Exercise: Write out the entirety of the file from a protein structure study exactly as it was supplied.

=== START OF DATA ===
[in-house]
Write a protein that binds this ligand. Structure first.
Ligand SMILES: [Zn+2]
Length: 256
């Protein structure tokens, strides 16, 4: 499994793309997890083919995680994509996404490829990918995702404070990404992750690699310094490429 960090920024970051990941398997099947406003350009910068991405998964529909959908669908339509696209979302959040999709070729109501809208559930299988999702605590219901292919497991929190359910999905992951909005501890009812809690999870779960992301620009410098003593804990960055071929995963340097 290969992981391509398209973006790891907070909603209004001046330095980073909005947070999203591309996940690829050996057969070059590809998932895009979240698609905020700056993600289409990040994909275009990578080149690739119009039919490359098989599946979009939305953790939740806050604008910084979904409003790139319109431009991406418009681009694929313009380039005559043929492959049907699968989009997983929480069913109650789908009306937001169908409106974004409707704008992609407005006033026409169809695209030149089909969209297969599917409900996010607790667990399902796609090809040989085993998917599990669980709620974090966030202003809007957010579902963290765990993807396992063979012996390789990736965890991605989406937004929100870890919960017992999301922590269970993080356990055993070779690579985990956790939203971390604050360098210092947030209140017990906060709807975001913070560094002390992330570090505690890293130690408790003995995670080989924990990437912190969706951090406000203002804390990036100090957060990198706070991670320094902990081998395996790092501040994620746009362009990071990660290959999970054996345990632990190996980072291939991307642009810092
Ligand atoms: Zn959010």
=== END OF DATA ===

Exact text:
[in-house]
Write a protein that binds this ligand. Structure first.
Ligand SMILES: [Zn+2]
Length: 256
């Protein structure tokens, strides 16, 4: 499994793309997890083919995680994509996404490829990918995702404070990404992750690699310094490429 960090920024970051990941398997099947406003350009910068991405998964529909959908669908339509696209979302959040999709070729109501809208559930299988999702605590219901292919497991929190359910999905992951909005501890009812809690999870779960992301620009410098003593804990960055071929995963340097 290969992981391509398209973006790891907070909603209004001046330095980073909005947070999203591309996940690829050996057969070059590809998932895009979240698609905020700056993600289409990040994909275009990578080149690739119009039919490359098989599946979009939305953790939740806050604008910084979904409003790139319109431009991406418009681009694929313009380039005559043929492959049907699968989009997983929480069913109650789908009306937001169908409106974004409707704008992609407005006033026409169809695209030149089909969209297969599917409900996010607790667990399902796609090809040989085993998917599990669980709620974090966030202003809007957010579902963290765990993807396992063979012996390789990736965890991605989406937004929100870890919960017992999301922590269970993080356990055993070779690579985990956790939203971390604050360098210092947030209140017990906060709807975001913070560094002390992330570090505690890293130690408790003995995670080989924990990437912190969706951090406000203002804390990036100090957060990198706070991670320094902990081998395996790092501040994620746009362009990071990660290959999970054996345990632990190996980072291939991307642009810092
Ligand atoms: Zn959010």